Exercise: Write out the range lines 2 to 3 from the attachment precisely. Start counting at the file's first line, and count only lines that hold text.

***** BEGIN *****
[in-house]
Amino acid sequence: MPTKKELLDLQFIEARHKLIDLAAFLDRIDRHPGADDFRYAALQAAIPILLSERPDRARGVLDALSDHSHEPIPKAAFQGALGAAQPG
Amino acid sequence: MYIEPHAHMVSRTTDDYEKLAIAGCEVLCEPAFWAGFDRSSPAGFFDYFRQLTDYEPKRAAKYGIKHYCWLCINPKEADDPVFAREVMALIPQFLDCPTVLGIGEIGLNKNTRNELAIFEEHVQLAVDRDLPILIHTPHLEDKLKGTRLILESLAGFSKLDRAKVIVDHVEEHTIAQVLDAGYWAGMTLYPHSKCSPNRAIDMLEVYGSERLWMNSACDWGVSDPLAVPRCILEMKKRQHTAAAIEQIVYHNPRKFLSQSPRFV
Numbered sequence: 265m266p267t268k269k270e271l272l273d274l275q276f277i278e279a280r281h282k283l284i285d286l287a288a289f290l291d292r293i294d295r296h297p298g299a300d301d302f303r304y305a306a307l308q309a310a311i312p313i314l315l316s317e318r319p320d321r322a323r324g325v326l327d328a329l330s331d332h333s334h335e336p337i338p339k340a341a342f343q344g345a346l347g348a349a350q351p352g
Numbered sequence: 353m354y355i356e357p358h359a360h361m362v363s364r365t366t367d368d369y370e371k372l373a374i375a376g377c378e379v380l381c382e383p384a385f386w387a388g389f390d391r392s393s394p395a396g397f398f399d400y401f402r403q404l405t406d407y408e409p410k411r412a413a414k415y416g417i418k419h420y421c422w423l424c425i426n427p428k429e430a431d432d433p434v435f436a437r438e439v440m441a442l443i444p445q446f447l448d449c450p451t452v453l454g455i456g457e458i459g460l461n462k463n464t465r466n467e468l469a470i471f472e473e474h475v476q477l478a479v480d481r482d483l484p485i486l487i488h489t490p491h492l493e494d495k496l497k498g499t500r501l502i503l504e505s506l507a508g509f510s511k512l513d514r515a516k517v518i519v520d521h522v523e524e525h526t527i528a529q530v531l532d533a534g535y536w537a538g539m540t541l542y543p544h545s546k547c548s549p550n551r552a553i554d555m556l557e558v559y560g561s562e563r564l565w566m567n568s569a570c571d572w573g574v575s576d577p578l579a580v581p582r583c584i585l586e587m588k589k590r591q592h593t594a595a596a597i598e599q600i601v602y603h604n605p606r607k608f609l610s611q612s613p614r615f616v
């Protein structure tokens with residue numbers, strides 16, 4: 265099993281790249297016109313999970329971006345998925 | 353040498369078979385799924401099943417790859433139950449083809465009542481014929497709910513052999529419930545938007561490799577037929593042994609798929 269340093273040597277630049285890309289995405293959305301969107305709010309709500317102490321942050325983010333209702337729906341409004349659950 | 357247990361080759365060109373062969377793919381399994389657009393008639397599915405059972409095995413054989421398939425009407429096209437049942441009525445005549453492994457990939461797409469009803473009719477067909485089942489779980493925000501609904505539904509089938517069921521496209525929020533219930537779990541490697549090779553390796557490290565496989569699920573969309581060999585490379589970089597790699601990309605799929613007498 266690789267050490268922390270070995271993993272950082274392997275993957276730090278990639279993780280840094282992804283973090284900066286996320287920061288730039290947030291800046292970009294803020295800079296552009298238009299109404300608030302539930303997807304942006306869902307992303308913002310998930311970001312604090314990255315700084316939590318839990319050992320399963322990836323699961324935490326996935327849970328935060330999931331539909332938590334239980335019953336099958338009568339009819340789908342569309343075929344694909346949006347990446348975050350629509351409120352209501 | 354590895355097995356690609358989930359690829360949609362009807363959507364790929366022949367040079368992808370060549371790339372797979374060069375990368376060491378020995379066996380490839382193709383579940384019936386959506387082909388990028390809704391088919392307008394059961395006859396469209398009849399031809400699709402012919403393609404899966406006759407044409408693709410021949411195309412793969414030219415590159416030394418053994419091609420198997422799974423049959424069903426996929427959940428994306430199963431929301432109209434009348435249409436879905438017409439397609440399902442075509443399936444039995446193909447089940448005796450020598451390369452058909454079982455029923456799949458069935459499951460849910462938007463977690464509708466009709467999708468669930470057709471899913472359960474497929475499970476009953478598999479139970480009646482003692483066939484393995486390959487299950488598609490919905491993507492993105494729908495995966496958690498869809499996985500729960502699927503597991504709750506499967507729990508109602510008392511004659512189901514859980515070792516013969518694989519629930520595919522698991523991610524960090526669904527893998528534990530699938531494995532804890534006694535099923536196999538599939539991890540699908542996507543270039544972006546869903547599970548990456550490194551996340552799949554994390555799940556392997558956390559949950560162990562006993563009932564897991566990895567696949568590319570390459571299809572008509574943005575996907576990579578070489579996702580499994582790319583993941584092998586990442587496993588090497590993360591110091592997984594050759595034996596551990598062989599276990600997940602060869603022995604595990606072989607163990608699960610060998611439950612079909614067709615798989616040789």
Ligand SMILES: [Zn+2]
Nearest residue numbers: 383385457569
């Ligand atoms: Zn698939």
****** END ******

Amino acid sequence: MPTKKELLDLQFIEARHKLIDLAAFLDRIDRHPGADDFRYAALQAAIPILLSERPDRARGVLDALSDHSHEPIPKAAFQGALGAAQPG
Amino acid sequence: MYIEPHAHMVSRTTDDYEKLAIAGCEVLCEPAFWAGFDRSSPAGFFDYFRQLTDYEPKRAAKYGIKHYCWLCINPKEADDPVFAREVMALIPQFLDCPTVLGIGEIGLNKNTRNELAIFEEHVQLAVDRDLPILIHTPHLEDKLKGTRLILESLAGFSKLDRAKVIVDHVEEHTIAQVLDAGYWAGMTLYPHSKCSPNRAIDMLEVYGSERLWMNSACDWGVSDPLAVPRCILEMKKRQHTAAAIEQIVYHNPRKFLSQSPRFV